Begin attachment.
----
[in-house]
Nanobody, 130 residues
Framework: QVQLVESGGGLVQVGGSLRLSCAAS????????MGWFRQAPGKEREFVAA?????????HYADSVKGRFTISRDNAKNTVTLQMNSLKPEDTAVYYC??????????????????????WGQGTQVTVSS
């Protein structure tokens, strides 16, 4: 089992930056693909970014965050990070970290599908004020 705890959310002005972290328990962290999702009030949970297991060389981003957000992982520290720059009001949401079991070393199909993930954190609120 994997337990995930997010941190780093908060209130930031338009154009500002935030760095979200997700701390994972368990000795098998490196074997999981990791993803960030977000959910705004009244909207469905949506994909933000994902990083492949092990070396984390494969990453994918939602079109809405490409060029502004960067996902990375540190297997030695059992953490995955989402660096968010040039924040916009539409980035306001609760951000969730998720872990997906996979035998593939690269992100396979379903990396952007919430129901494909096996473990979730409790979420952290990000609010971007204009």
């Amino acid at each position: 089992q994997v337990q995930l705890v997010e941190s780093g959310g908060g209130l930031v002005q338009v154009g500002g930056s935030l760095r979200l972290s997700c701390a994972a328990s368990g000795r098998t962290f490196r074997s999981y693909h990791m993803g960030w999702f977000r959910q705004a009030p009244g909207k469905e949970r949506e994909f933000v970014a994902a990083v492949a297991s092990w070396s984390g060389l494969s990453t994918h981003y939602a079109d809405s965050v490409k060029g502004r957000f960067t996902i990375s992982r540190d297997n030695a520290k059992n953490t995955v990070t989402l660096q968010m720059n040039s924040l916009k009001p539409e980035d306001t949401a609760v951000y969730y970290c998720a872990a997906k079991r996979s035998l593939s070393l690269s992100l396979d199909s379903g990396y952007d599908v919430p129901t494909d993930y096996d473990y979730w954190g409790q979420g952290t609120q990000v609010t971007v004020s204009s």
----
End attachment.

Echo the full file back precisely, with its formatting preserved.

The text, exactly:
[in-house]
Nanobody, 130 residues
Framework: QVQLVESGGGLVQVGGSLRLSCAAS????????MGWFRQAPGKEREFVAA?????????HYADSVKGRFTISRDNAKNTVTLQMNSLKPEDTAVYYC??????????????????????WGQGTQVTVSS
């Protein structure tokens, strides 16, 4: 089992930056693909970014965050990070970290599908004020 705890959310002005972290328990962290999702009030949970297991060389981003957000992982520290720059009001949401079991070393199909993930954190609120 994997337990995930997010941190780093908060209130930031338009154009500002935030760095979200997700701390994972368990000795098998490196074997999981990791993803960030977000959910705004009244909207469905949506994909933000994902990083492949092990070396984390494969990453994918939602079109809405490409060029502004960067996902990375540190297997030695059992953490995955989402660096968010040039924040916009539409980035306001609760951000969730998720872990997906996979035998593939690269992100396979379903990396952007919430129901494909096996473990979730409790979420952290990000609010971007204009």
């Amino acid at each position: 089992q994997v337990q995930l705890v997010e941190s780093g959310g908060g209130l930031v002005q338009v154009g500002g930056s935030l760095r979200l972290s997700c701390a994972a328990s368990g000795r098998t962290f490196r074997s999981y693909h990791m993803g960030w999702f977000r959910q705004a009030p009244g909207k469905e949970r949506e994909f933000v970014a994902a990083v492949a297991s092990w070396s984390g060389l494969s990453t994918h981003y939602a079109d809405s965050v490409k060029g502004r957000f960067t996902i990375s992982r540190d297997n030695a520290k059992n953490t995955v990070t989402l660096q968010m720059n040039s924040l916009k009001p539409e980035d306001t949401a609760v951000y969730y970290c998720a872990a997906k079991r996979s035998l593939s070393l690269s992100l396979d199909s379903g990396y952007d599908v919430p129901t494909d993930y096996d473990y979730w954190g409790q979420g952290t609120q990000v609010t971007v004020s204009s």